What our grandparents can teach us baby boomers

I was brought up by a grandmother who was born before the turn of the 20th century, had lived through World War 1, a depression thrown in for good measure, then World War 2 and the mind-boggling arrival of man on the moon. 

Needless to say, she collected brown paper bags, pieces of string and rarely threw anything out. We ate seasonal vegetables, and never ever wasted food – it became soup stock and we learnt to like stewed fruit when it was in abundance from our peach tree out in the backyard. To say I learnt to develop a frugal gene would be to state the obvious. 

So, in a conversation the other day, I was astounded to learn that one of my younger friends had much the same characteristics as me, not just the frugal gene, but also the concept embedded in us to ‘save things for best’.

We both lamented that we needed to drive that idea out of our heads and learn to use and enjoy the things that we have. 

Both of us reminisced about the fine china that was kept in the glass cabinet in the front room, only to be used on high days and holidays or when suitable guests were invited over. In my case that was a rarity. 

The china sat staring back at us, in pristine condition, daring young fingers to pick it up and fiddle with it. The crystal glasses never saw the dishwasher, and nary a touch of alcohol either. Their bevelled and cut edges remained virginal, constantly overlooked for the sturdy vegemite glass jars that held the watered-down cordial.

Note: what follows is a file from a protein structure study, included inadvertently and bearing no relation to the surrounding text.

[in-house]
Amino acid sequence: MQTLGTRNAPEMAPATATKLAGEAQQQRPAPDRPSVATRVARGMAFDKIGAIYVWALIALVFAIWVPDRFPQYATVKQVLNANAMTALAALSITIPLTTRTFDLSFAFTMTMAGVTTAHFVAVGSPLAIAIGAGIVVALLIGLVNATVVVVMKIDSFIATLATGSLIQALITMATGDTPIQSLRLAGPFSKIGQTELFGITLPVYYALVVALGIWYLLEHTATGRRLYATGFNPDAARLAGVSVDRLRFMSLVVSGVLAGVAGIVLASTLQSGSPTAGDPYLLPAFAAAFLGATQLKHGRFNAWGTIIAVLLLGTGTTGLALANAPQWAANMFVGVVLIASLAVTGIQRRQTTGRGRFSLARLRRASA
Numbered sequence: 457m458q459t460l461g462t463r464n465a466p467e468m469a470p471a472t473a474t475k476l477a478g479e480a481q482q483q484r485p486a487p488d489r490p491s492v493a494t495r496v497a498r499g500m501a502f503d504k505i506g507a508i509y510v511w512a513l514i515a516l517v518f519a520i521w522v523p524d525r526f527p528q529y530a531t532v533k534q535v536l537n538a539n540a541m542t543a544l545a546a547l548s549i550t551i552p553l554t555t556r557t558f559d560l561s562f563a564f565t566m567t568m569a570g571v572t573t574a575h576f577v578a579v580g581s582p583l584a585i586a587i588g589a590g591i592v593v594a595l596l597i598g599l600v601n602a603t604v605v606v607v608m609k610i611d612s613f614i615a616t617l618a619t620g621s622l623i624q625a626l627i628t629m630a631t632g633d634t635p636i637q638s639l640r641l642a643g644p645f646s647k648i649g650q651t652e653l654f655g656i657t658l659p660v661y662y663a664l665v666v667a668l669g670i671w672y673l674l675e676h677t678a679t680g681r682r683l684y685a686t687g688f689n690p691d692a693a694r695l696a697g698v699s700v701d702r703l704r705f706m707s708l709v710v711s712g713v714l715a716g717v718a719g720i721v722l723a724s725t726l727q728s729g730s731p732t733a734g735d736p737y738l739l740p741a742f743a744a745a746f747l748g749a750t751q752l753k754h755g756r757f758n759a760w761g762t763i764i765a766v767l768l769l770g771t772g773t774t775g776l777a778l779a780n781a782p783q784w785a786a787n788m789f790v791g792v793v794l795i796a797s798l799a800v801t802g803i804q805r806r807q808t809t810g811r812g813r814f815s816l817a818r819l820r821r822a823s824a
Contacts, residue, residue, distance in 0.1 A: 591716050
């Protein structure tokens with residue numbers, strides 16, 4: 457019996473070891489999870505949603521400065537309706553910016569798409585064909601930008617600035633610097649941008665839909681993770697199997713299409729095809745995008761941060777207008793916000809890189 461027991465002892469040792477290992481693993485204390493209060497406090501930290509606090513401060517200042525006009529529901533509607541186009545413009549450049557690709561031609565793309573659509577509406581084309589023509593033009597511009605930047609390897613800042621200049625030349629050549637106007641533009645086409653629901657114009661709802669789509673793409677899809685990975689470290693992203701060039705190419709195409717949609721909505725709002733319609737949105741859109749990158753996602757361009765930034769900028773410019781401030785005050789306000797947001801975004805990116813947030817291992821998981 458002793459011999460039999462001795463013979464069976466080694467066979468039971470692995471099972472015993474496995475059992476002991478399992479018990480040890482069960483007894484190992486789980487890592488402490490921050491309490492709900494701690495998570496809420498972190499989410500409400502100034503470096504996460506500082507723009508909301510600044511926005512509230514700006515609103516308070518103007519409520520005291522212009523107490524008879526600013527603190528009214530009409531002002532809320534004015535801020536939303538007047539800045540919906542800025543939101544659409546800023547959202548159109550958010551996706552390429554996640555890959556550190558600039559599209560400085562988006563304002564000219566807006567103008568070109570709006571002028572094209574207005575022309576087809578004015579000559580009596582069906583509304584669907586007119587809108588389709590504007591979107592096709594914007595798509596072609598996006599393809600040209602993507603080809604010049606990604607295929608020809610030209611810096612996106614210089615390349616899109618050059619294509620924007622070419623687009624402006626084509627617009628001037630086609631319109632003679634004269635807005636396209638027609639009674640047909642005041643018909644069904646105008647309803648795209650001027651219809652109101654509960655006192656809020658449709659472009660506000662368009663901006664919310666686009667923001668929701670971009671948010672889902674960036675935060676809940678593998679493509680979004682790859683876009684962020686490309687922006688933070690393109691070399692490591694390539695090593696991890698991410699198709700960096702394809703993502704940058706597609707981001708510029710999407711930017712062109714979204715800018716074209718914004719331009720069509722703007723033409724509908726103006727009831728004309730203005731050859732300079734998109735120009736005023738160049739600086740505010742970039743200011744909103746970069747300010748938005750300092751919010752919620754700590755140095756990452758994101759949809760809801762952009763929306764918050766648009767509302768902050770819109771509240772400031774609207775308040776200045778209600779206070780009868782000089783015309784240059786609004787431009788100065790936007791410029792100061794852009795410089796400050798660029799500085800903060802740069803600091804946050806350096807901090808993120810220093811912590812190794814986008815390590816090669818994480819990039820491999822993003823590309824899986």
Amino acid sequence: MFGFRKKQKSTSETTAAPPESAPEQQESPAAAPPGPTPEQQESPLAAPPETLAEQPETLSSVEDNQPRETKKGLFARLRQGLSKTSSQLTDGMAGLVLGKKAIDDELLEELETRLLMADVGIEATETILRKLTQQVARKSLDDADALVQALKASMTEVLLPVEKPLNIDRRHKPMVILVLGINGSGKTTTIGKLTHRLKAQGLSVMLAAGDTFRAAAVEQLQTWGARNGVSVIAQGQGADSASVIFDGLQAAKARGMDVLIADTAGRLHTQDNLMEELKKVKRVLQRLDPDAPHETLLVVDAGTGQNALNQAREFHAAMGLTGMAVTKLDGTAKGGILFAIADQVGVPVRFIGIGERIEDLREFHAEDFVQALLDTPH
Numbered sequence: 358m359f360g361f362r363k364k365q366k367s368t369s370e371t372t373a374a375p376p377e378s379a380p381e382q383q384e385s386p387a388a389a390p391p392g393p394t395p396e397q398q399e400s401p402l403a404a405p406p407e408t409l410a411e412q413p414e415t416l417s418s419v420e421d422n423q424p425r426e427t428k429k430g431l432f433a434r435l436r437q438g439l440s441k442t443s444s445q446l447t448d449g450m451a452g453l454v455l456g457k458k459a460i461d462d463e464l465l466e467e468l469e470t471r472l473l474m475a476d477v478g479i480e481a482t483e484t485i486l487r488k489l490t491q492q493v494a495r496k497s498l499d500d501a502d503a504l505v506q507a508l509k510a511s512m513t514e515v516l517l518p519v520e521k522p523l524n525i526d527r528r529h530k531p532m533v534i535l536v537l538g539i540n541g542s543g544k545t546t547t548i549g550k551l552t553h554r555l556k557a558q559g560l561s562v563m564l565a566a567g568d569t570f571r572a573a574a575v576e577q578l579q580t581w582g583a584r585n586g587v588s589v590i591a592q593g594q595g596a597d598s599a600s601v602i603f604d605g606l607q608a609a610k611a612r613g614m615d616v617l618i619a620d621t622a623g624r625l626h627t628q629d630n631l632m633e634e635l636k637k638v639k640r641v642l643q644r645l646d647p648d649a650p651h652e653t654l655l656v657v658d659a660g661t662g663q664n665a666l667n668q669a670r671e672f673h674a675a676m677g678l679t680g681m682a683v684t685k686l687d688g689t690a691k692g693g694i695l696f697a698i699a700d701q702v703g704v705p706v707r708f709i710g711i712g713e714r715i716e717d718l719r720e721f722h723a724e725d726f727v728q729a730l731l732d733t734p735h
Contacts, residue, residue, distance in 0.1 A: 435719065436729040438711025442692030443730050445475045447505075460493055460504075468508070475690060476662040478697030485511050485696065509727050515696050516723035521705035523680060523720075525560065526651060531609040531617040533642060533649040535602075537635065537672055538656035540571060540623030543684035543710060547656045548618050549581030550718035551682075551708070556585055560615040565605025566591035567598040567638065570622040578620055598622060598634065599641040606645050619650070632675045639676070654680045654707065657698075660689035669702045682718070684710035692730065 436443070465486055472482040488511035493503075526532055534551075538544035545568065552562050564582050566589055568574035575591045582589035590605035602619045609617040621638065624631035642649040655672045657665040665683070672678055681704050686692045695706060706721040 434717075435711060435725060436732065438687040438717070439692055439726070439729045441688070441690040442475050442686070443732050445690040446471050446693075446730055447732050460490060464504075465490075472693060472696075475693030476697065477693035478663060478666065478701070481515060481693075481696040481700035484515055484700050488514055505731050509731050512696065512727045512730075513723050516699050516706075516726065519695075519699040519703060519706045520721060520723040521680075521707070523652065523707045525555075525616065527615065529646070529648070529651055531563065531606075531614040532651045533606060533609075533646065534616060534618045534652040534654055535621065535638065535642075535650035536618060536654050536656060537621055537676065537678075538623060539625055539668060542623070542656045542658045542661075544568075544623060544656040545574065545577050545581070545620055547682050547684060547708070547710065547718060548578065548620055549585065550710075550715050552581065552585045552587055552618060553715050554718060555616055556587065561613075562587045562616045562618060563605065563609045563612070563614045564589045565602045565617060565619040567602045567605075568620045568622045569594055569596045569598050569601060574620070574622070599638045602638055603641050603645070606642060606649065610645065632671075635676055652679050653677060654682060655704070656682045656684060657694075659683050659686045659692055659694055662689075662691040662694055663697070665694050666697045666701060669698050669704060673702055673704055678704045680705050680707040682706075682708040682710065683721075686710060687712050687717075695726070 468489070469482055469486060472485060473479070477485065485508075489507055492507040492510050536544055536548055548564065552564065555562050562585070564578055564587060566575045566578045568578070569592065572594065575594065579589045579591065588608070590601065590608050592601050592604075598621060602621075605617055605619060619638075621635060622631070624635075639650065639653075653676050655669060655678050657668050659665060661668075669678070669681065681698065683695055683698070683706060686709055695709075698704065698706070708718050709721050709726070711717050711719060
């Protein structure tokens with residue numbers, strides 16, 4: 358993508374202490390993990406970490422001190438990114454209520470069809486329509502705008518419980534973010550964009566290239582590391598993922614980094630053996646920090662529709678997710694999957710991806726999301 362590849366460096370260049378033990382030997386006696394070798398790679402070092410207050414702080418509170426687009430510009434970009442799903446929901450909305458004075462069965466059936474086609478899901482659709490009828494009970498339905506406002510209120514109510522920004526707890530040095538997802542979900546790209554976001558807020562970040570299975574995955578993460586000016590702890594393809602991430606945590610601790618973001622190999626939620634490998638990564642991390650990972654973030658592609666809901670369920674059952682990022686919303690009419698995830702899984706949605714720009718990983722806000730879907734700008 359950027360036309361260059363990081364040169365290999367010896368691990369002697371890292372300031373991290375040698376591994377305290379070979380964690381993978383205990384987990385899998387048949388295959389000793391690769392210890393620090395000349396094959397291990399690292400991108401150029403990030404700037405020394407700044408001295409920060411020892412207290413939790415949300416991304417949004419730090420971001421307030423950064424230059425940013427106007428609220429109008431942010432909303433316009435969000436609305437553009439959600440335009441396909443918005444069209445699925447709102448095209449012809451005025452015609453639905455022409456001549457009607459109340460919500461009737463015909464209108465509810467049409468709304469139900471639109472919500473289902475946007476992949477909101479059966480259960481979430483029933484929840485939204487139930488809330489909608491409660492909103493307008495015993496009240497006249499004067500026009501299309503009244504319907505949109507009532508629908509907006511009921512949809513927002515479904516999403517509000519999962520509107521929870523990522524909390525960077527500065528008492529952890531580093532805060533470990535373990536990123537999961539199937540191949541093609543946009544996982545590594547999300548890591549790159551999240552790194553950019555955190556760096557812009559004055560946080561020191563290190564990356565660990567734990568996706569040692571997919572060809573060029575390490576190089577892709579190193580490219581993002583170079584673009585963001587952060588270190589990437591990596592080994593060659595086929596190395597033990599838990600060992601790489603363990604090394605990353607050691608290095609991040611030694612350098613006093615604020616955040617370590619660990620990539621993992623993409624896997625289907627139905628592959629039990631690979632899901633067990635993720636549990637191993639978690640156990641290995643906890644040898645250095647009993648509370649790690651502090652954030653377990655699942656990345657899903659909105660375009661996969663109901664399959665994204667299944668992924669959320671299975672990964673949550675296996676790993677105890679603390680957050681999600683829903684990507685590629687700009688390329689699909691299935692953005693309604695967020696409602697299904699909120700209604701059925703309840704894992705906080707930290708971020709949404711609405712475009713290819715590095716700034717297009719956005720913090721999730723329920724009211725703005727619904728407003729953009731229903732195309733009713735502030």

Even the furniture was often saved, plastic covers put over the new suite and then placed out of bounds in the front room, again with nary a bottom sitting on it. 

Only important guests (perhaps the priest or the bank manager) or long- lost relatives sat in those chairs, people who would perhaps appreciate the money and effort put into providing said chairs.

We both remembered having clothes that were for best, the dresses you only wore to church or as we grew up, to some special occasion like a wedding or out to a posh restaurant. Often, we outgrew the clothes before they even had a chance to be worn out. 

This happened in adulthood as much as childhood. We carried this notion of ‘for best’ into our adult lives, clothes and objects remaining unloved and forlorn in the back of the wardrobe or collecting dust in the cupboard.

Now as we enter our dotage, we both feel the need to throw out these conventions. We have decided to wear the new dress again and again, dress up to go out to dinner with our significant other, bring out the crystal glasses and the fine dinner set when our friends drop in. 

We will even eat pizza off the Royal Doulton, and be damned! Better that we break a plate or two than they get mangled after our death. 

If we don’t use our stuff then it will end up in the op shop, after we have dropped off our collective perches, discarded by our children. Maybe our children will retrieve some keepsake to remind themselves of us, but essentially most of it won’t be to their taste, it will be old-fashioned or not yet on its trendy second incarnation. 

They will have their own things that they might too ‘save for best’.

What traditions have you inherited from your grandparents? Do you have a ‘for best’ outfit or are frugal with food waste? Let us know in the comments section below.

Also read: The board games of our childhood

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